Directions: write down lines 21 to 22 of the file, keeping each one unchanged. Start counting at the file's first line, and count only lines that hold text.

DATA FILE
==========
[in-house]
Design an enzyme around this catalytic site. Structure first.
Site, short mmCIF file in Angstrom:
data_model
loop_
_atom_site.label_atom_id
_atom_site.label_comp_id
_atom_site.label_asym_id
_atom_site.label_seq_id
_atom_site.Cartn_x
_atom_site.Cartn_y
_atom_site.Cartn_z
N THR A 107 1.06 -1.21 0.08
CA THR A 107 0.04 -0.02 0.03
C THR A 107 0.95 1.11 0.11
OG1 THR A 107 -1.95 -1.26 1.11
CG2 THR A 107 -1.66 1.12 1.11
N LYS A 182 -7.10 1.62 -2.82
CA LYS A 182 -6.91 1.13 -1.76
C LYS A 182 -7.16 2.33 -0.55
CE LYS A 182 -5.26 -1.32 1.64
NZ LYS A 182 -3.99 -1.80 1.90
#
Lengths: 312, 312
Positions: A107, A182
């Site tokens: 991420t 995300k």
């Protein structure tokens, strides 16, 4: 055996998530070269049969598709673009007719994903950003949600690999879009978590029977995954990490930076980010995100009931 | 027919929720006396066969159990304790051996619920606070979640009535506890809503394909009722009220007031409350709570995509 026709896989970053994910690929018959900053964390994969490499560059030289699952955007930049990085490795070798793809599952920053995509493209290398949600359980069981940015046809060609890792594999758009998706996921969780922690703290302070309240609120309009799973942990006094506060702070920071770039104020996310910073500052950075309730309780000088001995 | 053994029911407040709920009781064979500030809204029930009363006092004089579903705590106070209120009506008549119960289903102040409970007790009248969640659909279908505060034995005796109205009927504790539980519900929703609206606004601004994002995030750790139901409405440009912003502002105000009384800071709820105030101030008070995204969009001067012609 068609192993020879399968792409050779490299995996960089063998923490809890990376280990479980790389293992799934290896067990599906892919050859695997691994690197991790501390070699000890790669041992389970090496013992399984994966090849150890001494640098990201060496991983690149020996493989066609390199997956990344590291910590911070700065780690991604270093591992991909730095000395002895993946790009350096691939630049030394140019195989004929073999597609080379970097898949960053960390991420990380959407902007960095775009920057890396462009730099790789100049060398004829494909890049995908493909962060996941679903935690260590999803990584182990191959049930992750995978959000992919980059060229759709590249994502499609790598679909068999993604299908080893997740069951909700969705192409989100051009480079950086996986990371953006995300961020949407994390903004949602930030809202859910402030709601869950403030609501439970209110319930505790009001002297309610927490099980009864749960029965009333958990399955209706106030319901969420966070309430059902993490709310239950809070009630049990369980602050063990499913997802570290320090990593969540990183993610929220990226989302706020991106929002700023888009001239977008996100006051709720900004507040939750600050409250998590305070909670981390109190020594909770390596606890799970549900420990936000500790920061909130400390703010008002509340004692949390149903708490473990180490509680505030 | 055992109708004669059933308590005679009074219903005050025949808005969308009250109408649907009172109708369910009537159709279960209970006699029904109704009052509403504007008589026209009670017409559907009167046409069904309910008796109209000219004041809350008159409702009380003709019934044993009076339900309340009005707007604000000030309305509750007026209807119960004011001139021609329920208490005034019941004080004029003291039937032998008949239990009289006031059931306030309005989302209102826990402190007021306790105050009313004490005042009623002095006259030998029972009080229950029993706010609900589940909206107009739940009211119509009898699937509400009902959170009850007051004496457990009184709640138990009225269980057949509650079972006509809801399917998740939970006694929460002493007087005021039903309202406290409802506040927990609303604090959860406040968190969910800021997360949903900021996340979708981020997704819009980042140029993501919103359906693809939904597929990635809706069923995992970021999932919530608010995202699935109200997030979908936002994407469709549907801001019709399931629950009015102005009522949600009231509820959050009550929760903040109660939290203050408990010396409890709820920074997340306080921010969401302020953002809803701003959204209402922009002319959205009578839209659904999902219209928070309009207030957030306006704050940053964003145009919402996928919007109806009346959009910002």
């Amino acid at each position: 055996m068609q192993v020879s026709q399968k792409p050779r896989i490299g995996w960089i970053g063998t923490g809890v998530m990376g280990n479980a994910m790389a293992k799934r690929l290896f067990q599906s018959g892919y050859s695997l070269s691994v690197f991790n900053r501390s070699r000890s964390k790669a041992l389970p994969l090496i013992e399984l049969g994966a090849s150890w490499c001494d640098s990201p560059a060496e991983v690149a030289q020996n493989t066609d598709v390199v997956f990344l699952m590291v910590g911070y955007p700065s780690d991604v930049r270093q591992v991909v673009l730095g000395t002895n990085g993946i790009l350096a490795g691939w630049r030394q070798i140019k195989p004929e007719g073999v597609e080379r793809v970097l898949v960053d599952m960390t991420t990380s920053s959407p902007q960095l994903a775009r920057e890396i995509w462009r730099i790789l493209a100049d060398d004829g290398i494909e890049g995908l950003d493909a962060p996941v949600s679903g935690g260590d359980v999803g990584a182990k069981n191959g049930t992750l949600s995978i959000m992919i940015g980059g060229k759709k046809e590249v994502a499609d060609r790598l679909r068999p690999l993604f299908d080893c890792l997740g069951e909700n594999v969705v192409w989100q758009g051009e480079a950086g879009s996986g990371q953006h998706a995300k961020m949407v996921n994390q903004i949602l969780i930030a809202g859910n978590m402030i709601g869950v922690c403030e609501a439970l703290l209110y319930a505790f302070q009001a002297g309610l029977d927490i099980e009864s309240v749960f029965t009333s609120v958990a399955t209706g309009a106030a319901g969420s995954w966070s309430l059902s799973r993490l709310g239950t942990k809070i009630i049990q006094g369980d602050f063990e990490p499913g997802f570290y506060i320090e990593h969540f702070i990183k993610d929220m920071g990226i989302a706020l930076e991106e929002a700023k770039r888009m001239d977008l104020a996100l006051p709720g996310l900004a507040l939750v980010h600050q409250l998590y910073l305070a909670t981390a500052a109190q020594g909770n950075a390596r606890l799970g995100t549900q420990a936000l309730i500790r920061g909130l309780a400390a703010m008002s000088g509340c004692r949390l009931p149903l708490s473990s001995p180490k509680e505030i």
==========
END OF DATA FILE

CE LYS A 182 -5.26 -1.32 1.64
NZ LYS A 182 -3.99 -1.80 1.90